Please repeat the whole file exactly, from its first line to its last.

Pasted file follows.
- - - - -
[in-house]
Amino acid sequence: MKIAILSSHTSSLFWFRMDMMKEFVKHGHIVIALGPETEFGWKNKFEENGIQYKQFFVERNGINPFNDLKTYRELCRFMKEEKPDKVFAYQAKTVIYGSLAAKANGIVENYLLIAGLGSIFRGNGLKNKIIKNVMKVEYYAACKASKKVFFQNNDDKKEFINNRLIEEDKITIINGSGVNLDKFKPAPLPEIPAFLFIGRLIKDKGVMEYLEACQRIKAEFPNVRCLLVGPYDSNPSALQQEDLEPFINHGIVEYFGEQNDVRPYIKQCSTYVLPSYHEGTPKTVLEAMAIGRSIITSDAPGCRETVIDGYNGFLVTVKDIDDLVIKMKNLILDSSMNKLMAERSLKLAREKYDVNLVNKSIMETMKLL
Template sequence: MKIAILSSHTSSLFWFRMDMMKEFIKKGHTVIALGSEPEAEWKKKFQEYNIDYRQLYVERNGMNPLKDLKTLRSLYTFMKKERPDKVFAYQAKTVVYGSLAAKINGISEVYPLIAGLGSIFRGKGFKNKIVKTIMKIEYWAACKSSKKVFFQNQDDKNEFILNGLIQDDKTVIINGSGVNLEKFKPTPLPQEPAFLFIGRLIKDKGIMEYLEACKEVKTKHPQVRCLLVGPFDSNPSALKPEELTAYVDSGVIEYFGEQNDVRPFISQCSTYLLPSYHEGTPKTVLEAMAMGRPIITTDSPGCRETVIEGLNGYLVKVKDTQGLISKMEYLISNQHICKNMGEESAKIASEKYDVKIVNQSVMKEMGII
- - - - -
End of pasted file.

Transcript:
[in-house]
Amino acid sequence: MKIAILSSHTSSLFWFRMDMMKEFVKHGHIVIALGPETEFGWKNKFEENGIQYKQFFVERNGINPFNDLKTYRELCRFMKEEKPDKVFAYQAKTVIYGSLAAKANGIVENYLLIAGLGSIFRGNGLKNKIIKNVMKVEYYAACKASKKVFFQNNDDKKEFINNRLIEEDKITIINGSGVNLDKFKPAPLPEIPAFLFIGRLIKDKGVMEYLEACQRIKAEFPNVRCLLVGPYDSNPSALQQEDLEPFINHGIVEYFGEQNDVRPYIKQCSTYVLPSYHEGTPKTVLEAMAIGRSIITSDAPGCRETVIDGYNGFLVTVKDIDDLVIKMKNLILDSSMNKLMAERSLKLAREKYDVNLVNKSIMETMKLL
Template sequence: MKIAILSSHTSSLFWFRMDMMKEFIKKGHTVIALGSEPEAEWKKKFQEYNIDYRQLYVERNGMNPLKDLKTLRSLYTFMKKERPDKVFAYQAKTVVYGSLAAKINGISEVYPLIAGLGSIFRGKGFKNKIVKTIMKIEYWAACKSSKKVFFQNQDDKNEFILNGLIQDDKTVIINGSGVNLEKFKPTPLPQEPAFLFIGRLIKDKGIMEYLEACKEVKTKHPQVRCLLVGPFDSNPSALKPEELTAYVDSGVIEYFGEQNDVRPFISQCSTYLLPSYHEGTPKTVLEAMAMGRPIITTDSPGCRETVIEGLNGYLVKVKDTQGLISKMEYLISNQHICKNMGEESAKIASEKYDVKIVNQSVMKEMGII